Comics A.M. | The Oatmeal vs. FunnyJunk, and problems cartoonists face

Legal | Danny Bradbury takes a look at the financial and copyright aspects of online comics in an insightful article spurred by the recent dust-up between The Oatmeal and FunnyJunk. Among other things, he parses out how The Oatmeal creator Matthew Inman makes $500,000 a year from his comic, why Inman and other creators object to their work being published elsewhere without attribution (and why they sometimes don't care), the legal protections they can use (and how they sometimes fail), and how sites like Pinterest avoid the problem. There's also an explanation of why FunnyJunk attorney Charles Carreon is suing Inman et al. on his own behalf, rather than FunnyJunk's: "Carreon has now effectively abandoned the threat of a FunnyJunk lawsuit, stating that he was misinformed by his client. His letter claimed that all the comics had been removed from FunnyJunk, but Inman pointed out dozens that were still there." [The Guardian]

Comics | Retailer Steve Bennet hears from an old friend with seven reasons why that person doesn't read comics — some of which have more merit than others. Confusingly, there are two point sevens, the second of which seems to stretch things a bit: "I'm certain I'm not the only one who has noticed an agenda creeping into comic books, including, especially, the Big Two. I'll get my politics and indoctrination elsewhere. And people really resent that." As Steve points out, comics reflect popular culture, and anything that's in a comic is there precisely because the editors don't think it will alienate readers. [ICv2]

Publishing | Fantagraphics' Complete Pogo won't be complete unless the publisher can track down a couple of wayward Sunday panels, so editors have put out the call to readers who might have some Sunday papers from the 1950s still lying around. [Flog]

Publishing | Dark Horse assistant editor Jim Gibbons talks about what he does, how he got his job, and how he first got involved with comics: "When I — a young asthmatic kid finding out about my plethora of allergies — was doing scratch tests at an allergist’s office, they gave my mom a copy of Captain America Meets the Asthma Monster (an old Marvel PSA book) to distract me from the discomfort of the tests. After that, every time I went in to the doctor for something major (tonsil removal, etc), my mom would buy a bunch of comics for me." [Enemy of Peanuts]

Publishing | Robot 6 contributor Brigid Alverson talks to Bluewater Productions Publisher Darren G. Davis about his plans to publish U.S. editions of artist biographies by German creator Willi Bloess. [SLJTeen]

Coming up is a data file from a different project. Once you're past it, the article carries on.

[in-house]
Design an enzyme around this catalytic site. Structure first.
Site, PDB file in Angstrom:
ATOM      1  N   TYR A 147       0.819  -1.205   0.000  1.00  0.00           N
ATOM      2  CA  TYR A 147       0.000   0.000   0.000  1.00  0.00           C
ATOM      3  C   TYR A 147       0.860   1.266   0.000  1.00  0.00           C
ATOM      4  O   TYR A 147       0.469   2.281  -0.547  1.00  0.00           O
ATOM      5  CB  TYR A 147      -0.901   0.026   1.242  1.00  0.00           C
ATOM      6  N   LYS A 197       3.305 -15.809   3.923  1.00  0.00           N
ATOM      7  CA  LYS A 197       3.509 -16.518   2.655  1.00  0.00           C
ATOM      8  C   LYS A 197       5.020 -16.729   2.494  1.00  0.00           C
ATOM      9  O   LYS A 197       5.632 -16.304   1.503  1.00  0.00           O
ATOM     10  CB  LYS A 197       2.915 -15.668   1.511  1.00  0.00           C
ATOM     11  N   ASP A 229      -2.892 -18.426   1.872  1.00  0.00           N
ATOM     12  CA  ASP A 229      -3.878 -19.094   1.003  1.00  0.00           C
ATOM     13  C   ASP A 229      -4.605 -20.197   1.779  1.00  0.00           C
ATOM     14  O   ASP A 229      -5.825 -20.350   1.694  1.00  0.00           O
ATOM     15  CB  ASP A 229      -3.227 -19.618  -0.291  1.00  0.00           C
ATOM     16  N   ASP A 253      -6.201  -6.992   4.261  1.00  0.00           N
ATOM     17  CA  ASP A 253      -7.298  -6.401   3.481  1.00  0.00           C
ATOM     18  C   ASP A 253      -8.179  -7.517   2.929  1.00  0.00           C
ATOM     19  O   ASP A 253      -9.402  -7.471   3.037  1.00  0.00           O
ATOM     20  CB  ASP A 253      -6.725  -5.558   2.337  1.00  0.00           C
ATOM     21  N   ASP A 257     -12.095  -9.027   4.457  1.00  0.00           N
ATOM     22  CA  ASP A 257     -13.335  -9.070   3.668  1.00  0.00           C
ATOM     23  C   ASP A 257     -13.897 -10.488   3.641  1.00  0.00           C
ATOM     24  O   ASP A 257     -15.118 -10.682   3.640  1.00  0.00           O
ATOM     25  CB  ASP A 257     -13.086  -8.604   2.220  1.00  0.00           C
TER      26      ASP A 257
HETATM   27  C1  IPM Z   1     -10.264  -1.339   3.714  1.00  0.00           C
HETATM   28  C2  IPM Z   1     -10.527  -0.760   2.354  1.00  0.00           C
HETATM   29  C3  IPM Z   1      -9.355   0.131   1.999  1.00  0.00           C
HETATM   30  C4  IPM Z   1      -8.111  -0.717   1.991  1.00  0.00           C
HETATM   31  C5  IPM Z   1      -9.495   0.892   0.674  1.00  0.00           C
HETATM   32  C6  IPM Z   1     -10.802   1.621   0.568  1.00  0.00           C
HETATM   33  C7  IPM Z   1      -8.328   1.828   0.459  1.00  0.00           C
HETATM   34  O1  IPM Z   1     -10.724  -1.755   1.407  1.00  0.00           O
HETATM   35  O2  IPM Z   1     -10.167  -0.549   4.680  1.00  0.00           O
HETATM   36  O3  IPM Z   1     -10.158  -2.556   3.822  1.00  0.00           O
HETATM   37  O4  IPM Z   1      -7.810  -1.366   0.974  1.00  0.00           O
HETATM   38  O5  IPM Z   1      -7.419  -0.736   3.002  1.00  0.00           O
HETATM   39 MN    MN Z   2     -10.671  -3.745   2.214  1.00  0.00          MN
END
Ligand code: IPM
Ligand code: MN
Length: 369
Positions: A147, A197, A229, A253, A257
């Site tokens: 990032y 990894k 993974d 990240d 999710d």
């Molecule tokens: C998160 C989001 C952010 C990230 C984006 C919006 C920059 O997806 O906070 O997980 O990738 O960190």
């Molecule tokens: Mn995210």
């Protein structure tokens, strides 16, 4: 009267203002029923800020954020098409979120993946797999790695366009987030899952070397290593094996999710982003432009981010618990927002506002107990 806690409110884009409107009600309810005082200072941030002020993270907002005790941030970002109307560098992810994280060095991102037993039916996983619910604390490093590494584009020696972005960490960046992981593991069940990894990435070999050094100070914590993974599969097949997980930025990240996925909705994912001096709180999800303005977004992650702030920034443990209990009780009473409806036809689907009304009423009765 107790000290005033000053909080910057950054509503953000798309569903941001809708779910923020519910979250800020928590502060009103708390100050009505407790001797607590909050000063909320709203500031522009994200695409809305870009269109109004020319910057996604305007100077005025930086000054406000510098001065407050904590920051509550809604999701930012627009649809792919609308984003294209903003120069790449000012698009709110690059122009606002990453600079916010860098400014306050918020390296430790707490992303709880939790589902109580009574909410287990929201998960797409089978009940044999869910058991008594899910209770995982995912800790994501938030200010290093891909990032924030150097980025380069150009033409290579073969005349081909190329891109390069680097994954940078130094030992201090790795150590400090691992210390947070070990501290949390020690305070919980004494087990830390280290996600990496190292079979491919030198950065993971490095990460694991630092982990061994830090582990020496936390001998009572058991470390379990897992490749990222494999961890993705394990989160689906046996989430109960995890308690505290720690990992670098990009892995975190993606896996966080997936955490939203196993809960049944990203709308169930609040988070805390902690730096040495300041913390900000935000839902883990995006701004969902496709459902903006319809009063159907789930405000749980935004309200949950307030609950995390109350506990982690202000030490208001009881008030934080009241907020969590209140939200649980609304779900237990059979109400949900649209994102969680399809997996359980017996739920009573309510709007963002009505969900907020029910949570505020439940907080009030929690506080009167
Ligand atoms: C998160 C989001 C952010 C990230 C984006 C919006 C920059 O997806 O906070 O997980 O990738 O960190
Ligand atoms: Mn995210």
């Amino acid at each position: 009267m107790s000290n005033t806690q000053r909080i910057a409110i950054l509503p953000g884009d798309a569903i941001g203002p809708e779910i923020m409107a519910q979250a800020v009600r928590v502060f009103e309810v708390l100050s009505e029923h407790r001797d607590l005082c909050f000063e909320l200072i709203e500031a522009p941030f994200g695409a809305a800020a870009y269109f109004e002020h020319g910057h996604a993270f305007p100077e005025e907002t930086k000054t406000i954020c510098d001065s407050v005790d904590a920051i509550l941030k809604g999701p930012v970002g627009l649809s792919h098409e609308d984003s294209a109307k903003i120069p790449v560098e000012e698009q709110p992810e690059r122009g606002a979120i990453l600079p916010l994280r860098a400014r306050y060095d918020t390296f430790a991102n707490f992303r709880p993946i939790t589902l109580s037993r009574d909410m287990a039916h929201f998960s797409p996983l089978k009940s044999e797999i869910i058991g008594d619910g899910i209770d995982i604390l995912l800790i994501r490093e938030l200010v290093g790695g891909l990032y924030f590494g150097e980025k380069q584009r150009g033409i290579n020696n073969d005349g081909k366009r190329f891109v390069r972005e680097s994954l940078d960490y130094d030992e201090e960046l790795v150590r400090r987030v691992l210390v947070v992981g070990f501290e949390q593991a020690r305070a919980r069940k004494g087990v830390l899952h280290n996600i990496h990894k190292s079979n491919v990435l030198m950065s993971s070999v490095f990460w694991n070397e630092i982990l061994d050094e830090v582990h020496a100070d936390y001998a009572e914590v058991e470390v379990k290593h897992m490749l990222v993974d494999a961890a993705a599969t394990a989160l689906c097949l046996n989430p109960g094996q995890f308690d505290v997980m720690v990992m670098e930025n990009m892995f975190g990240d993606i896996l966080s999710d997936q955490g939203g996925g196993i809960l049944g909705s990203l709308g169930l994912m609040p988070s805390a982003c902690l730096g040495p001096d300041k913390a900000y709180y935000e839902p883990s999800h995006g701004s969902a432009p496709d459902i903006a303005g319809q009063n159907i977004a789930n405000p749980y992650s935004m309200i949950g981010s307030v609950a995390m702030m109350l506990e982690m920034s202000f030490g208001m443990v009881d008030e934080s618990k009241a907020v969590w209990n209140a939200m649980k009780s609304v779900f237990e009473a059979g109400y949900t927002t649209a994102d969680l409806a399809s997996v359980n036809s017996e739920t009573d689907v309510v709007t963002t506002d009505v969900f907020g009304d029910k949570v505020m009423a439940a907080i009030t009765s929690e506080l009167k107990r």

Conventions | Heidi MacDonald rounds up the commentary on last week's CAKE, Chicago's first indy-comics show. [The Beat]

Conventions | The local paper looks forward to the first-ever Stockton-Con. [Recordnet.com]

Creators | Gene Ambaum talks with Faith Erin Hicks, who reckons she wrote and drew 1,200 pages of comics, all published online, before her work made it to print. [Unshelved]

Creators | Eva Volin interview Mark Siegel, creator of the webcomic Sailor Twain and the creative director of First Second Books, in a short video made at Toronto Comic Arts Festival. [Good Comics for Kids]

Comics | DC Comics has chosen to present a black Green Lantern in a ski mask, wielding a gun, in its latest cover teaser. Is this an example of bigotry, shaping a character to fit a stereotype? Maybe not — the creators could be playing against the stereotype, but Sean Kleefeld isn't optimistic, given DC's output of late: "Of course, given that giving a character who already has the most powerful weapon in the universe a handgun is about the most uncreative thing I've seen in a long time -- and even if the gun were a manifestation of Green Lantern's, it's still about the least creative uses for a power ring -- I'm not about to hold my breath for brilliant characterization that plays against the stereotype. And if that stereotype is indeed used, that's still not necessarily bigotry; but it would be not at all creative and very small-minded." [Kleefeld on Comics]

Comics | Marking the end of Brian Wood's DMZ, Shoshana Kessock writes that "Wood crafts a world where blocks familiar to any New Yorker become battle grounds, locations and cultural centers become territory to be disputed, and familiar groups change to meet the complications of war. That world is then brought to life by the gritty, intense artwork of both Wood and Riccardo Burchielli in gruff, stark detail by rendering New York and its people in brutal, uncompromising violence and beauty." [Tor.com]

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